Where am I from?  I am a native Michigander born and raised in Kalamazoo.  I come from a relatively large family but I am the first child to go to college.

Why the CHI Fieldschool?  I chose to apply for this program/fieldschool because it specializes in the digital aspect of cultural heritage and I am sadly not very capable with technology.  I do not have my own webpage and my younger sister has always set up my accounts such as twitter and youtube.  I really wanted to understand technology better, and I really wanted to find out how this relates to cultural heritage.  Technology is becoming too important in the field of anthropology and I figured that I really couldn’t keep waiting to learn about it if I wanted to be capable and competitive in my career/search for a career.

Technology and the understanding of how it works is especially important considering how many of the sources for my area of interest are in a digital format and involve using technology that I am not currently familiar with.


So far from what I have seen this last week, I can’t wait to really dig into our project designing and creation.  There are so many people here that know where their interests and passions lay and I love how refreshing it is to be surrounded by passionate intellectuals!


It’s nice to meet you all!

Welcome to the 2013 Cultural Heritage Informatics Fieldschool

I’d like to take this opportunity to welcome welcome everyone (both students and those who are watching remotely) to the inaugural Cultural Heritage Informatics Fieldschool.  The CHI Fieldschool is an outgrowth of the Cultural Heritage Informatics Initiative at Michigan State University, and is intended to introduce students to the tools and techniques required to creatively apply information and computing technologies to cultural heritage materials and questions.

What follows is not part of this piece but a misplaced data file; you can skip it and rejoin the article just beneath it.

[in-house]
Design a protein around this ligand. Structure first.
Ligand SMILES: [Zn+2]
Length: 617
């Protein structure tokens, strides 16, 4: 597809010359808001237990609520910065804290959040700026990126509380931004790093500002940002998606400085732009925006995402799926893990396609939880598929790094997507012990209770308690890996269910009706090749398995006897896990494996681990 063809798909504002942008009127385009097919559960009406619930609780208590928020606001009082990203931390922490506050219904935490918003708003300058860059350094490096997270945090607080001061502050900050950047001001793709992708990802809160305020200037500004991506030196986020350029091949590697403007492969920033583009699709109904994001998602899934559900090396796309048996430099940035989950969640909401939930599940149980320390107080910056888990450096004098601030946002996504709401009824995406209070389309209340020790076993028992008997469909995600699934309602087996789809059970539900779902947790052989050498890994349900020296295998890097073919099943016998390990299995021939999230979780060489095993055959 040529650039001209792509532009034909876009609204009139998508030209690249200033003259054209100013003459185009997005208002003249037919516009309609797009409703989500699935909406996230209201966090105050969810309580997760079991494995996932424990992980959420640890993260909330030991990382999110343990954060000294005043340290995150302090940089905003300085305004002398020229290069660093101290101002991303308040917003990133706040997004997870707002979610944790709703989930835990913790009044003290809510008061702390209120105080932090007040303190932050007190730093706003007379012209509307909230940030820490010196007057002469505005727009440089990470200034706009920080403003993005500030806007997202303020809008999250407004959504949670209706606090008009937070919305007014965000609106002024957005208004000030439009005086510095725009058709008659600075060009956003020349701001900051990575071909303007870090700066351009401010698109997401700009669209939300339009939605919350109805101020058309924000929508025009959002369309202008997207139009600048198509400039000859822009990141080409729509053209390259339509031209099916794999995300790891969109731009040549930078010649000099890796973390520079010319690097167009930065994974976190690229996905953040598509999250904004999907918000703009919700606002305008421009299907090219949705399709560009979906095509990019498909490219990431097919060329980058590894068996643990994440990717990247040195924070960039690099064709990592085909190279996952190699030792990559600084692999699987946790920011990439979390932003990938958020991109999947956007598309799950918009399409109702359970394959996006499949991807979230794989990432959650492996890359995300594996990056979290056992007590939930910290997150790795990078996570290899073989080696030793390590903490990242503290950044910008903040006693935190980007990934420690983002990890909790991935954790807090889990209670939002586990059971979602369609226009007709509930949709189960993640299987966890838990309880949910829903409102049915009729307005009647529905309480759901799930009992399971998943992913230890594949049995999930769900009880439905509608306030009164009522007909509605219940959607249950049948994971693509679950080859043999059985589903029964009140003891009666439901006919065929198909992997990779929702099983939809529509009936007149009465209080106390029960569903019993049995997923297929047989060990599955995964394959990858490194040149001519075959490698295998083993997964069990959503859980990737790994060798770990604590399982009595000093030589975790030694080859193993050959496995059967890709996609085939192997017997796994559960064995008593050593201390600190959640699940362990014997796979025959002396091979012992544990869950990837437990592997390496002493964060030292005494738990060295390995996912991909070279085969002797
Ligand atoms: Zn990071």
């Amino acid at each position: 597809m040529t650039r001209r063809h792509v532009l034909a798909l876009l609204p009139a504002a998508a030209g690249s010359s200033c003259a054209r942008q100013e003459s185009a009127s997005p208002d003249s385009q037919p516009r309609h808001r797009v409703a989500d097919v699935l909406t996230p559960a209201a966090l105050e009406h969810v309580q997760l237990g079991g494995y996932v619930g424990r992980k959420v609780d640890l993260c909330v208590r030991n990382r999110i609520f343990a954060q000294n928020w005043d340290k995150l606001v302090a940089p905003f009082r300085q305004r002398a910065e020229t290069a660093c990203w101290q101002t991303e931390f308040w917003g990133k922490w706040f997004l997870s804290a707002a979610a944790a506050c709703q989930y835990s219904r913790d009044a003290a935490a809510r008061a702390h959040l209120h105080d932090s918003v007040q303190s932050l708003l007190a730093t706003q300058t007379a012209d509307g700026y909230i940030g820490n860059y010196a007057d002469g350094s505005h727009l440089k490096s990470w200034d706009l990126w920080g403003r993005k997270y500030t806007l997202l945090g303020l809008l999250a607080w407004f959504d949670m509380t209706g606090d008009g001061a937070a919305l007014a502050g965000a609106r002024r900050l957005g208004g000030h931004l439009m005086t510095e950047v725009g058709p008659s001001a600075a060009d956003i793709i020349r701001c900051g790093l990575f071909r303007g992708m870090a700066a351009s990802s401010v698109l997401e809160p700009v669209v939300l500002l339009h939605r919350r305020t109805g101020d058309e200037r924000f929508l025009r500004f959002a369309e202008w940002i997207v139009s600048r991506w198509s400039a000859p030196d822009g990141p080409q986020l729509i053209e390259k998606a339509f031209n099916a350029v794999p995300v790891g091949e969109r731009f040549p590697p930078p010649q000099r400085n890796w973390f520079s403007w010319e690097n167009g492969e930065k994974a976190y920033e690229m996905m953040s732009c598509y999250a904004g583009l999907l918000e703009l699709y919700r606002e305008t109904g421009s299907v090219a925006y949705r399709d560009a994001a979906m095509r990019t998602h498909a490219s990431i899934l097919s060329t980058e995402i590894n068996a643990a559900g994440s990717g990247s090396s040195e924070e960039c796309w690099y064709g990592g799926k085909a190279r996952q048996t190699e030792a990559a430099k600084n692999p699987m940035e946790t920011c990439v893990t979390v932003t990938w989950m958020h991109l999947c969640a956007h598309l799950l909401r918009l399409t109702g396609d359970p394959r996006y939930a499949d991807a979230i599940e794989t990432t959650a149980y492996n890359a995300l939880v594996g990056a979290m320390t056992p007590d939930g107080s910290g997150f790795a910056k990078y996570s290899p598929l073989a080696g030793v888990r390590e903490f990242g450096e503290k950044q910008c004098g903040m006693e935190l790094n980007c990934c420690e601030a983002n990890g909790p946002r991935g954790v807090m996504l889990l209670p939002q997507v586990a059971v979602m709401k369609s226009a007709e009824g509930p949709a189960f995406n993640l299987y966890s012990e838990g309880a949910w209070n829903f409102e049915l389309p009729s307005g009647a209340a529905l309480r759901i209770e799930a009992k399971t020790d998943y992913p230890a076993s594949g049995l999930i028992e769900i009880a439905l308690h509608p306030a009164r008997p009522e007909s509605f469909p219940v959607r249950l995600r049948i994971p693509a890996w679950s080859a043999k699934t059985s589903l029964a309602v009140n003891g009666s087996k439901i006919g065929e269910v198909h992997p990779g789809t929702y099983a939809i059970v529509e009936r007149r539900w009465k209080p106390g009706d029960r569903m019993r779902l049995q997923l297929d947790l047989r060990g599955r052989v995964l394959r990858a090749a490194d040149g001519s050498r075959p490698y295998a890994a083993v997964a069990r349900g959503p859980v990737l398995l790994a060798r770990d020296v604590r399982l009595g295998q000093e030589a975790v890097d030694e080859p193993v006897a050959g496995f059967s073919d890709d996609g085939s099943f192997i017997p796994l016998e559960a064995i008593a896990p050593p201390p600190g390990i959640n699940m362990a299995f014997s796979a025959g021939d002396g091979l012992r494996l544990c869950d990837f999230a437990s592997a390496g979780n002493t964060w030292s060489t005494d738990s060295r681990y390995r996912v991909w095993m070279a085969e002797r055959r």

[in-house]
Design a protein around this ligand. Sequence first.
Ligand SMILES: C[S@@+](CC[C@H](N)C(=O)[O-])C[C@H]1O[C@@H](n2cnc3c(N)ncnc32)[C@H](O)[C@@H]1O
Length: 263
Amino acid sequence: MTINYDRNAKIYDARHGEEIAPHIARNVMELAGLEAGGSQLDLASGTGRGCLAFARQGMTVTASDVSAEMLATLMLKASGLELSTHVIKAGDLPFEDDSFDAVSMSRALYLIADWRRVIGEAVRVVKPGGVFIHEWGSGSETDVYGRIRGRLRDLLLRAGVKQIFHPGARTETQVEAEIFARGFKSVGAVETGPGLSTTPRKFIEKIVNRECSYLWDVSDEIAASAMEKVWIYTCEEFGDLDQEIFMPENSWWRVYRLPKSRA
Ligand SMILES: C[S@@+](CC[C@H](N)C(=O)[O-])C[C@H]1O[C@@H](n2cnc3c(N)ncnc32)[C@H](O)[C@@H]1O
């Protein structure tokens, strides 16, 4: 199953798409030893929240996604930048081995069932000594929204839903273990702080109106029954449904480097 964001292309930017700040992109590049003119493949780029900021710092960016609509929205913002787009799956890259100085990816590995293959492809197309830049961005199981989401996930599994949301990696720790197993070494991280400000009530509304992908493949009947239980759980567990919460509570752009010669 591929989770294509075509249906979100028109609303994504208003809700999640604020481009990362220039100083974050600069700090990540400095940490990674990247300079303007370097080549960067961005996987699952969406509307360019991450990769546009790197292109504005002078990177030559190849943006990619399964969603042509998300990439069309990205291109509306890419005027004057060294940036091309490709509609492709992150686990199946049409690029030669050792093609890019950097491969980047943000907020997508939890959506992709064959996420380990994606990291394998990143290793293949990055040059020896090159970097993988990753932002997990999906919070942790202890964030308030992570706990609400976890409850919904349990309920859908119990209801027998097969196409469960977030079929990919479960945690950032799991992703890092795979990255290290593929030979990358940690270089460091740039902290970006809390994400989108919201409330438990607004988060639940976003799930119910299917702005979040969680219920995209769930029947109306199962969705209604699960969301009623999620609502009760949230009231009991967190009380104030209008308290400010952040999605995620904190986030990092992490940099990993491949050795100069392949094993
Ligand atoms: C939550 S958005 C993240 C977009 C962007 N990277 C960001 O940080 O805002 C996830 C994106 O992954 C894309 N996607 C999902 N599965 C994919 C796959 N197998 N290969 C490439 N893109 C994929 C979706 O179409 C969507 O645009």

Over the next 5+ weeks, students will think, read, discuss, learn, experiment, hack, prototype, build, deploy, and launch.

The the public (those who are purposefully watching the fieldschool or those who wander upon it by chance):

I encourage you to read what we are doing, explore what we are building, and interact with us.  The CHI Fieldschool very much adheres to an open access philosophy.  We encourage constructive comments and stimulating discussion. If you are on Twitter, watch the #msuchi hashtag.

To the fieldschool students:

Before we get seriously rolling, you’ve got a (short) to do list:

  • If you want, sign up for a Twitter account (if you don’t have one already) – remember to use the #msuchi hashtag when tweeting about fieldschool related stuff.
  • Sign up for a Gravatar account (if you don’t already have one)
  • Activate your course blog account (you will receive an email by Tuesday at the absolute latest)
  • Introduce yourself to the world on the blog.  Tell us a little about your background and your interests. Be sure talk about why you are taking the fieldschool – why is cultural heritage informatics/digital cultural heritage important to you?
  • Have a look at the Creative Commons Licenses.  For each thing you post to the fieldschool blog, you will need to choose the license that best works for you – which means you need to have at least a passing familiarity with what the licenses actually mean. A couple of years back, the incomparable Bethany Nowviskie (Director of Digital Research & Scholarship at the University of Virginia Library and Associate Director of the Scholarly Communication Institute) wrote a thoughtful piece about why she was switching the license on her blog and Flickr stream from CC-BY-NC to CC-BY.  It is definitely worth a read.